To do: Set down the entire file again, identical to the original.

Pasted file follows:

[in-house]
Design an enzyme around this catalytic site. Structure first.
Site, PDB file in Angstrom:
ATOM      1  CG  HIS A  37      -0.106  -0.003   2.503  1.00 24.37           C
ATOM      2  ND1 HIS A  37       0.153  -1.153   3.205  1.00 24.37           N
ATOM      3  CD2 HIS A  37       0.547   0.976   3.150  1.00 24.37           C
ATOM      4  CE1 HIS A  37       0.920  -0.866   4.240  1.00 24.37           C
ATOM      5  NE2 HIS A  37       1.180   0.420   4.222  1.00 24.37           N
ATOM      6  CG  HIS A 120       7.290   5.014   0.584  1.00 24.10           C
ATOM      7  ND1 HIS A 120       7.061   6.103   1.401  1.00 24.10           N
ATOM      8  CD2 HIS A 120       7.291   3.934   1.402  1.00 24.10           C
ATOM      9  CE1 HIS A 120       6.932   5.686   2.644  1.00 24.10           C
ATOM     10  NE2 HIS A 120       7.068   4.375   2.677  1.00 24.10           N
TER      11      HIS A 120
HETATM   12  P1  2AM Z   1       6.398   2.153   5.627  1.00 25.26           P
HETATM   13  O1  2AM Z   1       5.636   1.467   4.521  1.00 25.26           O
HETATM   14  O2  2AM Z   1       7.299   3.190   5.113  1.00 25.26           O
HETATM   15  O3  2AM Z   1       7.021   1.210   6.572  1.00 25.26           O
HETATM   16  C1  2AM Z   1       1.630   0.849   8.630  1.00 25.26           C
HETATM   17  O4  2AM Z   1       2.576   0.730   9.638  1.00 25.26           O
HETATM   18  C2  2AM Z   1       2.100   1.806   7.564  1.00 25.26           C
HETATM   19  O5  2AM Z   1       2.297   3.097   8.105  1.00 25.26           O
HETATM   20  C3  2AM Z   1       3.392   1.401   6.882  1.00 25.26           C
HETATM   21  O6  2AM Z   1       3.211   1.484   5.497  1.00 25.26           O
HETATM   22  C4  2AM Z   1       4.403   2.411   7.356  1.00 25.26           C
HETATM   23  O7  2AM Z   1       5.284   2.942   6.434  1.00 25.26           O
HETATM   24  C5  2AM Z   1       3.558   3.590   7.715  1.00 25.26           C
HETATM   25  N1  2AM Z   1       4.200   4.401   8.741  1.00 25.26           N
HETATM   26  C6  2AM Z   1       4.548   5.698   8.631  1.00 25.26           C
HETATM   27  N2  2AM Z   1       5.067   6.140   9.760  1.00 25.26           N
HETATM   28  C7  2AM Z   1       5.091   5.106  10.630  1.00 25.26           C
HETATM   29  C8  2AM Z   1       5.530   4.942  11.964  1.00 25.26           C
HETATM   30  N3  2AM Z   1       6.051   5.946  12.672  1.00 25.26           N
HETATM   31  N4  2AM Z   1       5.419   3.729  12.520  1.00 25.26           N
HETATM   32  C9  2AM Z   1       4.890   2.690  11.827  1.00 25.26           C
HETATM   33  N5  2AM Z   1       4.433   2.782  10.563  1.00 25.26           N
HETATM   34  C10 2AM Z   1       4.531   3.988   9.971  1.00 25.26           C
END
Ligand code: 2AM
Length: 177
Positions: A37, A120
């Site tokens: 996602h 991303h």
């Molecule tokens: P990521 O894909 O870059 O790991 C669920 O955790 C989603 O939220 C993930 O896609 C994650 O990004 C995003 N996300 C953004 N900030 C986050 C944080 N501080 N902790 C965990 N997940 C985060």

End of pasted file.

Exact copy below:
[in-house]
Design an enzyme around this catalytic site. Structure first.
Site, PDB file in Angstrom:
ATOM      1  CG  HIS A  37      -0.106  -0.003   2.503  1.00 24.37           C
ATOM      2  ND1 HIS A  37       0.153  -1.153   3.205  1.00 24.37           N
ATOM      3  CD2 HIS A  37       0.547   0.976   3.150  1.00 24.37           C
ATOM      4  CE1 HIS A  37       0.920  -0.866   4.240  1.00 24.37           C
ATOM      5  NE2 HIS A  37       1.180   0.420   4.222  1.00 24.37           N
ATOM      6  CG  HIS A 120       7.290   5.014   0.584  1.00 24.10           C
ATOM      7  ND1 HIS A 120       7.061   6.103   1.401  1.00 24.10           N
ATOM      8  CD2 HIS A 120       7.291   3.934   1.402  1.00 24.10           C
ATOM      9  CE1 HIS A 120       6.932   5.686   2.644  1.00 24.10           C
ATOM     10  NE2 HIS A 120       7.068   4.375   2.677  1.00 24.10           N
TER      11      HIS A 120
HETATM   12  P1  2AM Z   1       6.398   2.153   5.627  1.00 25.26           P
HETATM   13  O1  2AM Z   1       5.636   1.467   4.521  1.00 25.26           O
HETATM   14  O2  2AM Z   1       7.299   3.190   5.113  1.00 25.26           O
HETATM   15  O3  2AM Z   1       7.021   1.210   6.572  1.00 25.26           O
HETATM   16  C1  2AM Z   1       1.630   0.849   8.630  1.00 25.26           C
HETATM   17  O4  2AM Z   1       2.576   0.730   9.638  1.00 25.26           O
HETATM   18  C2  2AM Z   1       2.100   1.806   7.564  1.00 25.26           C
HETATM   19  O5  2AM Z   1       2.297   3.097   8.105  1.00 25.26           O
HETATM   20  C3  2AM Z   1       3.392   1.401   6.882  1.00 25.26           C
HETATM   21  O6  2AM Z   1       3.211   1.484   5.497  1.00 25.26           O
HETATM   22  C4  2AM Z   1       4.403   2.411   7.356  1.00 25.26           C
HETATM   23  O7  2AM Z   1       5.284   2.942   6.434  1.00 25.26           O
HETATM   24  C5  2AM Z   1       3.558   3.590   7.715  1.00 25.26           C
HETATM   25  N1  2AM Z   1       4.200   4.401   8.741  1.00 25.26           N
HETATM   26  C6  2AM Z   1       4.548   5.698   8.631  1.00 25.26           C
HETATM   27  N2  2AM Z   1       5.067   6.140   9.760  1.00 25.26           N
HETATM   28  C7  2AM Z   1       5.091   5.106  10.630  1.00 25.26           C
HETATM   29  C8  2AM Z   1       5.530   4.942  11.964  1.00 25.26           C
HETATM   30  N3  2AM Z   1       6.051   5.946  12.672  1.00 25.26           N
HETATM   31  N4  2AM Z   1       5.419   3.729  12.520  1.00 25.26           N
HETATM   32  C9  2AM Z   1       4.890   2.690  11.827  1.00 25.26           C
HETATM   33  N5  2AM Z   1       4.433   2.782  10.563  1.00 25.26           N
HETATM   34  C10 2AM Z   1       4.531   3.988   9.971  1.00 25.26           C
END
Ligand code: 2AM
Length: 177
Positions: A37, A120
């Site tokens: 996602h 991303h």
């Molecule tokens: P990521 O894909 O870059 O790991 C669920 O955790 C989603 O939220 C993930 O896609 C994650 O990004 C995003 N996300 C953004 N900030 C986050 C944080 N501080 N902790 C965990 N997940 C985060």